Why babies should be carried.
Did you know the average Western newborn is held for less than two and a half hours per day (1)?
The convenience of strollers, capsules and play gyms have resulted in a convenience where our babies aren’t getting the physical touch they instinctively crave. Being carried or worn in an upright position with proper leg support is not only developmentally sound but the preferable way to bring the baby along with you throughout your day. Upright carrying optimizes the physical, emotional and intellectual growth of your baby.
Babywearing- why has it been given such a bad wrap?
Babywearing has been given a bad wrap in the past.
In 1928, famous behaviourist Dr Watson claimed that by holding, cuddling, kissing and rocking a baby, mothers were making their babies clingy and dependent. Babywearing contradicted his efforts to create independent, strong and tough babies and was shunned by professionals. He claimed that babies were born in a ‘blank state’ rather than instinctively craving touch. So many of our grandparents and parents were influenced by this mechanistic train of thought, pressured by the experts to believe that if they picked up their babies when they cried that they would create a tyrant of a child and become enslaved.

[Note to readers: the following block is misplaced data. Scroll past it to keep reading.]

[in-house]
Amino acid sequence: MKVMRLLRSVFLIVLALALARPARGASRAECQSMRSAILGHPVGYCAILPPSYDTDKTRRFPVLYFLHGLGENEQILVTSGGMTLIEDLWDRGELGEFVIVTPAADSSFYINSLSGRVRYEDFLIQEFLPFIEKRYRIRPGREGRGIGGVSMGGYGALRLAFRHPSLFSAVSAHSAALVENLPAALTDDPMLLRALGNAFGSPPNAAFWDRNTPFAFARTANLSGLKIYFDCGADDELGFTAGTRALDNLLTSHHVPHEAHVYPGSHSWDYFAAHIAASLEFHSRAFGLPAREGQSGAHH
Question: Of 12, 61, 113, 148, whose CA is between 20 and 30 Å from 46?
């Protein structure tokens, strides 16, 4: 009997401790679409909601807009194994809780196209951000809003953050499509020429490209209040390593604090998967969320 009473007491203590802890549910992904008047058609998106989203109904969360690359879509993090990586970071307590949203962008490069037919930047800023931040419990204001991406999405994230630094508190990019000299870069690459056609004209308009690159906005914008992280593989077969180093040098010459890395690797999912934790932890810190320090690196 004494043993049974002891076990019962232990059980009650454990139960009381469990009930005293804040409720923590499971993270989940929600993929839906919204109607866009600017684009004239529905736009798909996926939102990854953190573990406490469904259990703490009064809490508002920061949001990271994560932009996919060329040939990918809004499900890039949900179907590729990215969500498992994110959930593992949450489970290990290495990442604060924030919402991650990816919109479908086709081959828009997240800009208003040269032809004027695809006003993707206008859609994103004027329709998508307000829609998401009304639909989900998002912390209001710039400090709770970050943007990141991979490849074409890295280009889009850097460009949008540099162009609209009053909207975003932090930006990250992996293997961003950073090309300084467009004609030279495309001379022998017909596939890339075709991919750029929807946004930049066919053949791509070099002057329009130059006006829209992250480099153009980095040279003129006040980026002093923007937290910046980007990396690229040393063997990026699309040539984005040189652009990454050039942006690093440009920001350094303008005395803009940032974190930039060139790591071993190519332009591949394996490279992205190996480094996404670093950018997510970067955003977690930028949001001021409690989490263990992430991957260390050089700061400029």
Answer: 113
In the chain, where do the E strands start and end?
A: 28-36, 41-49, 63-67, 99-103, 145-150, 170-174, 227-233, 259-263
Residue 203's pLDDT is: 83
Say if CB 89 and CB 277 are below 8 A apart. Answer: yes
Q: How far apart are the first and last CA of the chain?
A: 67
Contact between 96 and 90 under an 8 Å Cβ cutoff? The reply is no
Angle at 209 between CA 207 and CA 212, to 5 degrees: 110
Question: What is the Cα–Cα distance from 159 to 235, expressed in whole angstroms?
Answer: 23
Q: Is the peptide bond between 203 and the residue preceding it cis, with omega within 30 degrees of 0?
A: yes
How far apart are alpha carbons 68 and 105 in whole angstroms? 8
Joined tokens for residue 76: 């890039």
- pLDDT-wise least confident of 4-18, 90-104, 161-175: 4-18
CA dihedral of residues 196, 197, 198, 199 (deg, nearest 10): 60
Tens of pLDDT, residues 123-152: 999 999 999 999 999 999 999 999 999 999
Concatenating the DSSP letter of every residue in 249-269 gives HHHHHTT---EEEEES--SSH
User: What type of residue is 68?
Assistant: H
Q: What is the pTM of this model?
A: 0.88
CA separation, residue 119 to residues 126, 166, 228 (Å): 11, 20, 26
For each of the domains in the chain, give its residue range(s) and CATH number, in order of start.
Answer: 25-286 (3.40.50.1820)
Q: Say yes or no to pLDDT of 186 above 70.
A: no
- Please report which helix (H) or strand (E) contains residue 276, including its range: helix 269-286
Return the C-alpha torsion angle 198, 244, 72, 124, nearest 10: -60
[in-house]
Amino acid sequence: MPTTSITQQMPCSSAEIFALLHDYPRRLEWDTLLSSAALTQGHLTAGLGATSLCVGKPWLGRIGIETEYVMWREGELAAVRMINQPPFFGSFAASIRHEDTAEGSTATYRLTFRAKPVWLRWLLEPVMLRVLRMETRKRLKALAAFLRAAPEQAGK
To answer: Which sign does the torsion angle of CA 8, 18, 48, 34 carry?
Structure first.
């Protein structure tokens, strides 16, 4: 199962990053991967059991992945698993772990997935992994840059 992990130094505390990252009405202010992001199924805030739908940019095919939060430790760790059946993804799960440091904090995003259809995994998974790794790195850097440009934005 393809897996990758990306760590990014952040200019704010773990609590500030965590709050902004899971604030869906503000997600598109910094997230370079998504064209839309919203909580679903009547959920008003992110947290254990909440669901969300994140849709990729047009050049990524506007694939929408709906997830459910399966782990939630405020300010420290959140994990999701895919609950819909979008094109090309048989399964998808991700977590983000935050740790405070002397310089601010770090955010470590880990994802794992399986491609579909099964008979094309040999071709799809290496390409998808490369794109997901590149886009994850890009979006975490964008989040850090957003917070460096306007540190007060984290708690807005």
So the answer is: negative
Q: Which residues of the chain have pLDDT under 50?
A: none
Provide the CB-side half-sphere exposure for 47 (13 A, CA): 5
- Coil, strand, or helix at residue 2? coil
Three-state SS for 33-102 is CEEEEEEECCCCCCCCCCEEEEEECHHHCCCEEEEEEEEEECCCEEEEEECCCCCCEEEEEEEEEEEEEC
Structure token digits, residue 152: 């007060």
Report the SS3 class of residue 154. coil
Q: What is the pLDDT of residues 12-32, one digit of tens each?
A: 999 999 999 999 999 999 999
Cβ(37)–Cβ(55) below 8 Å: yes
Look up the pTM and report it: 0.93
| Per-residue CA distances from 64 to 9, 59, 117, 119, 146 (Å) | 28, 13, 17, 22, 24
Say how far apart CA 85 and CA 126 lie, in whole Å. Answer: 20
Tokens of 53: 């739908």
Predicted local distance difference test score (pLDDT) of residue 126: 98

Evolutionary need for touch
Babies have an instinctive need for touch. Upright on their mother's body, the two create a rhythm together, physically and psychologically and moving together in sync. Even the most state of the art strollers can't provide the warmth that a mother‘s body does, her comforting smell, the varied movement, and the sensitive motherly responses that are so essential to her baby‘s healthy growth and development, especially during such a critical period when his brain is growing more than any period in his life. No toys can match the joy that an infant gets from his mother‘s face.
Even though most Western parents cannot conceive of life without a stroller, they are not as gentle on an infant to as we assume them to be. Placing an infant alone on his back for long periods of time is not what we as humans are hard-wired to expect. Laying horizontally in early infancy is not easier or less stressful on an infants’ spines, skulls, or necks.
Working against Gravity
As your infant works against gravity, their muscles start to develop. Strong neck muscles help an infant hold up a heavy head- forming the neck (cervical) curve of the spine.
Not only is spending most of the day flat on your back bad for your hips but infants who lie frequently on their backs in a stroller may end up with plagiocephaly (deformed skulls, ﬂattened on the back or side) and deformed bodies with poor muscle tone (2).
Needing more reasons?
Babywearing has been linked to better respiratory patterns in infants (especially with premature babies), fewer ear infections, an increased sense of security and better balance. Laying babies flat on their backs in a stroller is actually not easier on their necks, spines, hips, or their minds. Nature intended for babies to be carried.
- Heller, S. (1997). The Vital Touch: How Intimate Contact With Your Baby Leads to Happier, Healthier Development. Holt Paperbacks.
- Bonnet, E. (1998). In points made during discussions regarding the carrying of infants and small children. Published in Krankengymnastik 50 Jg (1998) No. 8.